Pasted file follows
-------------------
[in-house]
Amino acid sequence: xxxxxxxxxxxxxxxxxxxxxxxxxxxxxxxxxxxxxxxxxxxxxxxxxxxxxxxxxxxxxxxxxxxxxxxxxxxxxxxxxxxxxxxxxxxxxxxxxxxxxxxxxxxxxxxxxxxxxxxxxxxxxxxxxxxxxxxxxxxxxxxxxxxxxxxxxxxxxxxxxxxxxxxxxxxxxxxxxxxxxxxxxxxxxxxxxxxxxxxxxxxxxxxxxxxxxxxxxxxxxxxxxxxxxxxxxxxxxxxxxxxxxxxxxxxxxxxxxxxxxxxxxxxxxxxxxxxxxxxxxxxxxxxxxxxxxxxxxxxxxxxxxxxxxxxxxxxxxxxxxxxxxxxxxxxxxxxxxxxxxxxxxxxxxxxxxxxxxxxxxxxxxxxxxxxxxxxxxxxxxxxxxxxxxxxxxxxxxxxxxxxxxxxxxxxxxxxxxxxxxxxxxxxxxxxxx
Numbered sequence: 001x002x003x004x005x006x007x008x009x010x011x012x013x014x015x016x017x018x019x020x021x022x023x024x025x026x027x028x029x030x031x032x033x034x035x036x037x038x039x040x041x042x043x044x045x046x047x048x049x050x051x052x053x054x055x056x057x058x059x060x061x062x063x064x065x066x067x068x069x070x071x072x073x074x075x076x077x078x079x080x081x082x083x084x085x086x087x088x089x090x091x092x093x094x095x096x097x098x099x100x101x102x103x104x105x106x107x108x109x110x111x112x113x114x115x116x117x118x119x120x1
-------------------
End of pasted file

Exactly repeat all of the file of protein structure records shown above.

[in-house]
Amino acid sequence: xxxxxxxxxxxxxxxxxxxxxxxxxxxxxxxxxxxxxxxxxxxxxxxxxxxxxxxxxxxxxxxxxxxxxxxxxxxxxxxxxxxxxxxxxxxxxxxxxxxxxxxxxxxxxxxxxxxxxxxxxxxxxxxxxxxxxxxxxxxxxxxxxxxxxxxxxxxxxxxxxxxxxxxxxxxxxxxxxxxxxxxxxxxxxxxxxxxxxxxxxxxxxxxxxxxxxxxxxxxxxxxxxxxxxxxxxxxxxxxxxxxxxxxxxxxxxxxxxxxxxxxxxxxxxxxxxxxxxxxxxxxxxxxxxxxxxxxxxxxxxxxxxxxxxxxxxxxxxxxxxxxxxxxxxxxxxxxxxxxxxxxxxxxxxxxxxxxxxxxxxxxxxxxxxxxxxxxxxxxxxxxxxxxxxxxxxxxxxxxxxxxxxxxxxxxxxxxxxxxxxxxxxxxxxxxxx
Numbered sequence: 001x002x003x004x005x006x007x008x009x010x011x012x013x014x015x016x017x018x019x020x021x022x023x024x025x026x027x028x029x030x031x032x033x034x035x036x037x038x039x040x041x042x043x044x045x046x047x048x049x050x051x052x053x054x055x056x057x058x059x060x061x062x063x064x065x066x067x068x069x070x071x072x073x074x075x076x077x078x079x080x081x082x083x084x085x086x087x088x089x090x091x092x093x094x095x096x097x098x099x100x101x102x103x104x105x106x107x108x109x110x111x112x113x114x115x116x117x118x119x120x1